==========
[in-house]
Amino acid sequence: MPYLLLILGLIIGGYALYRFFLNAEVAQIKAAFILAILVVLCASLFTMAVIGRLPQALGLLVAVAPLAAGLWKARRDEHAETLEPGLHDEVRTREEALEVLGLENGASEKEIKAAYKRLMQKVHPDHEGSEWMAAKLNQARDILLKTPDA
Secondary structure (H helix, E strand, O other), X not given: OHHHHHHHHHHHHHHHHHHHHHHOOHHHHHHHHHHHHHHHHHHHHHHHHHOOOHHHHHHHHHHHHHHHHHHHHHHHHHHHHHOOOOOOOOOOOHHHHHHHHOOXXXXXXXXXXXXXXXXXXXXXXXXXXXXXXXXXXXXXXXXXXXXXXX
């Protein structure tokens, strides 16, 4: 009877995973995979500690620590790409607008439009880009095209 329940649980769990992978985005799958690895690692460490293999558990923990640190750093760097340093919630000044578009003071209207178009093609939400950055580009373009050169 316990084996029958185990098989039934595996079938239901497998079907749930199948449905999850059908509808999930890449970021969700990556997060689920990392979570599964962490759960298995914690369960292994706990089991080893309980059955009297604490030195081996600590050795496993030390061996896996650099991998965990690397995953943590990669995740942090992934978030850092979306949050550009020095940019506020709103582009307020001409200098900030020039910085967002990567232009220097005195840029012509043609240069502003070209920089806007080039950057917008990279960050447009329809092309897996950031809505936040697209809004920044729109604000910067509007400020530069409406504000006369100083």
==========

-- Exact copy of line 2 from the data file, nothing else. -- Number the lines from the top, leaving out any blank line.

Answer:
Amino acid sequence: MPYLLLILGLIIGGYALYRFFLNAEVAQIKAAFILAILVVLCASLFTMAVIGRLPQALGLLVAVAPLAAGLWKARRDEHAETLEPGLHDEVRTREEALEVLGLENGASEKEIKAAYKRLMQKVHPDHEGSEWMAAKLNQARDILLKTPDA